If the final bracket were set at 50% on annual taxable income exceeding $25 million, we would more than account for reducing the rates for the neediest people, some of whom got about $35 per month more in net pay.
That means anyone earning $25 million this year would not pay the top rate. However, fifty cents of every dollar after that would go to taxes instead of the almost 40 cents that is currently taxed on that amount. Several hundred people will hit this bracket, some as early as March.
Let’s review: the problems were “we pay too much in taxes” and “tax revenues need to be increased.” We have resolved both without being brutal to anyone.
This tax structure will maintain revenues just on its adjustments. The increase in revenues is presumed to occur with much more money flowing in the economy rather than being captured and stowed away even though it will never be needed. As such, there would be consequential increases in taxable income as a result of increased demand and production along with a growing labor force to meet the increased demand.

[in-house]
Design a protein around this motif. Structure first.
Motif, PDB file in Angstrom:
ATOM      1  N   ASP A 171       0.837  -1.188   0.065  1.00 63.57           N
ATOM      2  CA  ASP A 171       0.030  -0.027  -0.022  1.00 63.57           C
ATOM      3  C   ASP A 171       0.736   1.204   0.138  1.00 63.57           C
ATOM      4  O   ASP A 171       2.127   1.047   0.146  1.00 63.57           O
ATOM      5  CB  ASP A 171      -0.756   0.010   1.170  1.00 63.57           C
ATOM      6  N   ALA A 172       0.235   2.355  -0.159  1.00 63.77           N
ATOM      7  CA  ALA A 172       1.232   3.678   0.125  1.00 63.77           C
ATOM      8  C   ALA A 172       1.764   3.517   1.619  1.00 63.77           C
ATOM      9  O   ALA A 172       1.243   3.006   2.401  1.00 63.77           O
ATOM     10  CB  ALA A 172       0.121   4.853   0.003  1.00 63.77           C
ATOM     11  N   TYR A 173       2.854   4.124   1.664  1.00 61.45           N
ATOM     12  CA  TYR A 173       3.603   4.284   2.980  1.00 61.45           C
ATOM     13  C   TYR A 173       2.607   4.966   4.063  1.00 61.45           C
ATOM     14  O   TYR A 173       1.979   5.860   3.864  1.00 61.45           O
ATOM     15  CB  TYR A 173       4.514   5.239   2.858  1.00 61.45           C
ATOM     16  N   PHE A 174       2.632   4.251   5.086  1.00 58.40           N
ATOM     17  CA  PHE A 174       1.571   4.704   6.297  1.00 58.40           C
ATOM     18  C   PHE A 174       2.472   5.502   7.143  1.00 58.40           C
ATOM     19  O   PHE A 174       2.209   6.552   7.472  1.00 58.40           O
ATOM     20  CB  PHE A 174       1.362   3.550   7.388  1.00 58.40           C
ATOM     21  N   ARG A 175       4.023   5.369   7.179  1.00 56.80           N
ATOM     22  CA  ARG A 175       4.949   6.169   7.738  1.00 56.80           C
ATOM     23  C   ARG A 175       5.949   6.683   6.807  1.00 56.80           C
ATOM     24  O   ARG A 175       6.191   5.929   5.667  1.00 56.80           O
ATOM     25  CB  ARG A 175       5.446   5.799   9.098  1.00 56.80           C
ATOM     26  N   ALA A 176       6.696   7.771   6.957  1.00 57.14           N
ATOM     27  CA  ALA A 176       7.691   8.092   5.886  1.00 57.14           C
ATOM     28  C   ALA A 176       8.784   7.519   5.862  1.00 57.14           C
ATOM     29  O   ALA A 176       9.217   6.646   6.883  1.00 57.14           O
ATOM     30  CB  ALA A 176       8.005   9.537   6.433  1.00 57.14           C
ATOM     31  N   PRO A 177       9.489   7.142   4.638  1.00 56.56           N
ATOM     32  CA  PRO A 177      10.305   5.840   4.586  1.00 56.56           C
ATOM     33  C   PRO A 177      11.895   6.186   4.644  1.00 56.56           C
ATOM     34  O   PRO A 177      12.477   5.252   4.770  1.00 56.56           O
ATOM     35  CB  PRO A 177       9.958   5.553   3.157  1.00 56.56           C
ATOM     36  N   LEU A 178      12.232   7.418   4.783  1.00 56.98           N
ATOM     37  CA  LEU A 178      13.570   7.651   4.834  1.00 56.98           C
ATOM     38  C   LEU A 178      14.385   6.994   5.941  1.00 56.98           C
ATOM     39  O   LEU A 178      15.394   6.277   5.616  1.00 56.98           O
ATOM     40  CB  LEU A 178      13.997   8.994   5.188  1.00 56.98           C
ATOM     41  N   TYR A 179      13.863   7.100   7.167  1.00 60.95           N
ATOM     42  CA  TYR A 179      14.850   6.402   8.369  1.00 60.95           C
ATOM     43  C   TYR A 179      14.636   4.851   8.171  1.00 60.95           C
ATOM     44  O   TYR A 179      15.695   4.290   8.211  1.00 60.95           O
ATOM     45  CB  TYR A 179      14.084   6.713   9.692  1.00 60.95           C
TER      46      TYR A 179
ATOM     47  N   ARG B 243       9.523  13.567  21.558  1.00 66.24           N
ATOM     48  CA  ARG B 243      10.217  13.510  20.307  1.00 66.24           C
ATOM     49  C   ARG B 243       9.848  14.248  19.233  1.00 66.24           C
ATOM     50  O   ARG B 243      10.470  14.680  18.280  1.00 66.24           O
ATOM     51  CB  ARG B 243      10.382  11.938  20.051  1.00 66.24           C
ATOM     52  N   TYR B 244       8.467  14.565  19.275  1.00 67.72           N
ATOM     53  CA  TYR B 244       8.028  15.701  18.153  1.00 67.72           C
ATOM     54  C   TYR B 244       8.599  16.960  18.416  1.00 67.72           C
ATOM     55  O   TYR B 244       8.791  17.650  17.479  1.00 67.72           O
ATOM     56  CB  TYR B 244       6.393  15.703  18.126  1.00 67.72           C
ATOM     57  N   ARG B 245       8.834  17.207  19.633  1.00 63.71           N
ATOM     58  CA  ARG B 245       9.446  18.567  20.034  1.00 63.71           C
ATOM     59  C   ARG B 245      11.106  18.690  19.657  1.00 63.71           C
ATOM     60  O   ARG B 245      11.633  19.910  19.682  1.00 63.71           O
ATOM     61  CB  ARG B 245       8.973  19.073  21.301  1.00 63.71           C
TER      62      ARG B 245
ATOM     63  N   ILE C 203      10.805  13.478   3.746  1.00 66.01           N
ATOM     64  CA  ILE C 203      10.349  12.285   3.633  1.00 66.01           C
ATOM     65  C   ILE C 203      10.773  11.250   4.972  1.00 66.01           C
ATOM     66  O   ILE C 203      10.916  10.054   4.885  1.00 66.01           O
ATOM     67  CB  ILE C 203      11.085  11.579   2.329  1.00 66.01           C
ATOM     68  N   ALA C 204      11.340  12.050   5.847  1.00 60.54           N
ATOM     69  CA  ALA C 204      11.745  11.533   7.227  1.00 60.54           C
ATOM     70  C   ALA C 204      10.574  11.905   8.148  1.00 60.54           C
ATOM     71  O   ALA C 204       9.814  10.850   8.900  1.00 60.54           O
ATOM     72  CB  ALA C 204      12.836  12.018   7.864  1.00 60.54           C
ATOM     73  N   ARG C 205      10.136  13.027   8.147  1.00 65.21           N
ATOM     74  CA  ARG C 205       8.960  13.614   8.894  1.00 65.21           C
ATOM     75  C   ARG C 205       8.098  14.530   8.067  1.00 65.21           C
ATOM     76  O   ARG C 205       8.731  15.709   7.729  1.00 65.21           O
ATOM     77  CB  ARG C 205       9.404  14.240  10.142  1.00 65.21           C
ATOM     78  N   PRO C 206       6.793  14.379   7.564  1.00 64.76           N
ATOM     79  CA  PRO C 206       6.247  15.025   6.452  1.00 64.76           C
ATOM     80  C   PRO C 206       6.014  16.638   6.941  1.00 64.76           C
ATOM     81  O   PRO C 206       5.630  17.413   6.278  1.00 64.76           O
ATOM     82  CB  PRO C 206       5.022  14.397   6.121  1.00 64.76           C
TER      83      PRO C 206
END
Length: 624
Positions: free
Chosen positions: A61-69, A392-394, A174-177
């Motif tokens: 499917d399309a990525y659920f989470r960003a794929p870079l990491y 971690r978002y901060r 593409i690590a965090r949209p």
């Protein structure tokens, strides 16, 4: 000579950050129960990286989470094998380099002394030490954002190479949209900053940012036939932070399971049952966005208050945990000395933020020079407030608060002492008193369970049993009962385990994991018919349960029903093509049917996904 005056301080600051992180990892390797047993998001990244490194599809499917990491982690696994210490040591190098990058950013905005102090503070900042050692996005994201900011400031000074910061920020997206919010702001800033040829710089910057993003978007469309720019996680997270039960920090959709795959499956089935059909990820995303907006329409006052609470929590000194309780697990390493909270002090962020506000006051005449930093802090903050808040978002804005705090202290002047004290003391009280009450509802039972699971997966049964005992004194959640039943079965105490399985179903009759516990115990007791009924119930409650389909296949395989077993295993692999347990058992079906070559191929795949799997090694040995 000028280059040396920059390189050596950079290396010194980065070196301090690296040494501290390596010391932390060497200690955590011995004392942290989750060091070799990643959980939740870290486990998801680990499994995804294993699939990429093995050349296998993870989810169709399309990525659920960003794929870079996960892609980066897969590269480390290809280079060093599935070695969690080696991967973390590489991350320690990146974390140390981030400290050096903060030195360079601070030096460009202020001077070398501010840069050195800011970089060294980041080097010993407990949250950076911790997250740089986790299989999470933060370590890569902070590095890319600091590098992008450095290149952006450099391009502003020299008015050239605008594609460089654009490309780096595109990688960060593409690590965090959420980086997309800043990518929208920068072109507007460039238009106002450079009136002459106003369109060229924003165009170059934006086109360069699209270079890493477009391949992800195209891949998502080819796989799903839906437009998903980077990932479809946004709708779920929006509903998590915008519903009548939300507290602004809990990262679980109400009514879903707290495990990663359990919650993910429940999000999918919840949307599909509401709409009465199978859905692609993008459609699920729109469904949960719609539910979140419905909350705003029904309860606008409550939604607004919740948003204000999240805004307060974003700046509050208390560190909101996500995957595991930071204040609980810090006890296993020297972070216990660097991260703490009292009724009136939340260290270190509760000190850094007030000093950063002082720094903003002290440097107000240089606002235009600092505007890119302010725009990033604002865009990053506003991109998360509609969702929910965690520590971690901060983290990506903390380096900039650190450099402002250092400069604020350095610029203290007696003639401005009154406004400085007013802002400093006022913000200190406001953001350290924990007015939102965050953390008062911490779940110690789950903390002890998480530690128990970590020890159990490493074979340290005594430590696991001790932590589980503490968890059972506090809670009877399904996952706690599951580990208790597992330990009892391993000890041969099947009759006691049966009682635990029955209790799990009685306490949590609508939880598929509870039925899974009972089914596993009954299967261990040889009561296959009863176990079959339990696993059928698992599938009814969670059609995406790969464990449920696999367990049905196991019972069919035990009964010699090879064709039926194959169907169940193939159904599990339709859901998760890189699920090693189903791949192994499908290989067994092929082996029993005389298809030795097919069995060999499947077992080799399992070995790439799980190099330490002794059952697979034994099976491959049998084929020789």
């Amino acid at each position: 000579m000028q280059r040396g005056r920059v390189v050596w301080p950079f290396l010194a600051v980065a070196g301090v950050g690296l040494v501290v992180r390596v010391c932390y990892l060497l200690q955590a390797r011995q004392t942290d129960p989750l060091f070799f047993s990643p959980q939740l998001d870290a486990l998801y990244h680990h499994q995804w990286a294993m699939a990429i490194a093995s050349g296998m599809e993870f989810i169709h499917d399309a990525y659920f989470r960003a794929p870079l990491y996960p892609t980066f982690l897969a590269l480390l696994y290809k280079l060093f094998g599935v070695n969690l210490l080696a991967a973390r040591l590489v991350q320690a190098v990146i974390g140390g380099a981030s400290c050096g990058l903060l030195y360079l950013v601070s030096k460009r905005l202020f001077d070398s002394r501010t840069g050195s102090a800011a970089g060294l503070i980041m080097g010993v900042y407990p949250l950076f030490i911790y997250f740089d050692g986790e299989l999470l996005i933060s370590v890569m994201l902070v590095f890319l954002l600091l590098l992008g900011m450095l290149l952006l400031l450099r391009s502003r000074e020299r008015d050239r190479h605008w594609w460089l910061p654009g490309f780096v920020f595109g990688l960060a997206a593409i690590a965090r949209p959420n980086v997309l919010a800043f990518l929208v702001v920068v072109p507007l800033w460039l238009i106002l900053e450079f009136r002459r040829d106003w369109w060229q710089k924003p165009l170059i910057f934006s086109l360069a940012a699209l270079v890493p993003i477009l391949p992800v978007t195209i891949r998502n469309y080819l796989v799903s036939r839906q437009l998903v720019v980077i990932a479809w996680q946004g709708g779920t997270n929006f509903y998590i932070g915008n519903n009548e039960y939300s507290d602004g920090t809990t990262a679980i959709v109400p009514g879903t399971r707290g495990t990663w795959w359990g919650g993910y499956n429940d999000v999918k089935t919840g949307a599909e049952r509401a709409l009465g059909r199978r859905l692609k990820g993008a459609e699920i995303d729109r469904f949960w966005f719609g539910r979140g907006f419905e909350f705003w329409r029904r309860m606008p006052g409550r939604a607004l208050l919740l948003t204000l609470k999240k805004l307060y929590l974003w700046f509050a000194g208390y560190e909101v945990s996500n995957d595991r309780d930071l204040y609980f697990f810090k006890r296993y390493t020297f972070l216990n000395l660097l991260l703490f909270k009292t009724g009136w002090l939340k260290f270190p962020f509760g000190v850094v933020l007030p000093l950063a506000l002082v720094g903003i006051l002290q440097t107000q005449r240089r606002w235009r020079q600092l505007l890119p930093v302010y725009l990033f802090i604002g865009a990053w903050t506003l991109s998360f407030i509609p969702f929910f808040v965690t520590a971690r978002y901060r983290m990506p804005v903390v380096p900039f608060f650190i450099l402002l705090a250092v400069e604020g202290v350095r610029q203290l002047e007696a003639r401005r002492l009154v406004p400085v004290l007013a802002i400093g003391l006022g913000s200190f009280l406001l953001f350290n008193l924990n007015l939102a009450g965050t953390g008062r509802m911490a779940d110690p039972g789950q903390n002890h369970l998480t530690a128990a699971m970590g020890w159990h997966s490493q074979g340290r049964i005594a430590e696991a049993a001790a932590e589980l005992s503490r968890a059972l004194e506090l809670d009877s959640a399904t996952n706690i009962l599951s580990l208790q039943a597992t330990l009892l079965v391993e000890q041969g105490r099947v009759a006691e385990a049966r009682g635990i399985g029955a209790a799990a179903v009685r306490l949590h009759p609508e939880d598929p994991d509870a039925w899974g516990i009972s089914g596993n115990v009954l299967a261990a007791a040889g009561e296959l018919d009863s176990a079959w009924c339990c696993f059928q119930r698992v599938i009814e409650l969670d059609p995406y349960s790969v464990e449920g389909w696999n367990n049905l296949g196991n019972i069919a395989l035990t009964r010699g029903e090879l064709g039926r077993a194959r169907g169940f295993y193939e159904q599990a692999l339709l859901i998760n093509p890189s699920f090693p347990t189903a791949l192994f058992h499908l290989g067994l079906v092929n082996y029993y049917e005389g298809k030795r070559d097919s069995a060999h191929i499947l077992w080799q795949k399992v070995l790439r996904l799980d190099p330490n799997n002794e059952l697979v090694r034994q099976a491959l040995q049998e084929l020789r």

The best part about restructuring tax rates like this is everyone benefits - even the super rich whose taxes would increase. The benefit to those whose taxes would increase would be greater security for them from the stability and opportunity created for those who are currently desperate or nearing the point of desperation.
Whether you want to look at the famous bank robbers and kidnappers of the 1920s and 1930s, the violence in the labor movement of the late 19th century, or even the French Revolution, the super rich have been targets of common people when income inequality has gone unchecked throughout history. We need not test how far it would go this time because the signs of unrest are already present and getting worse.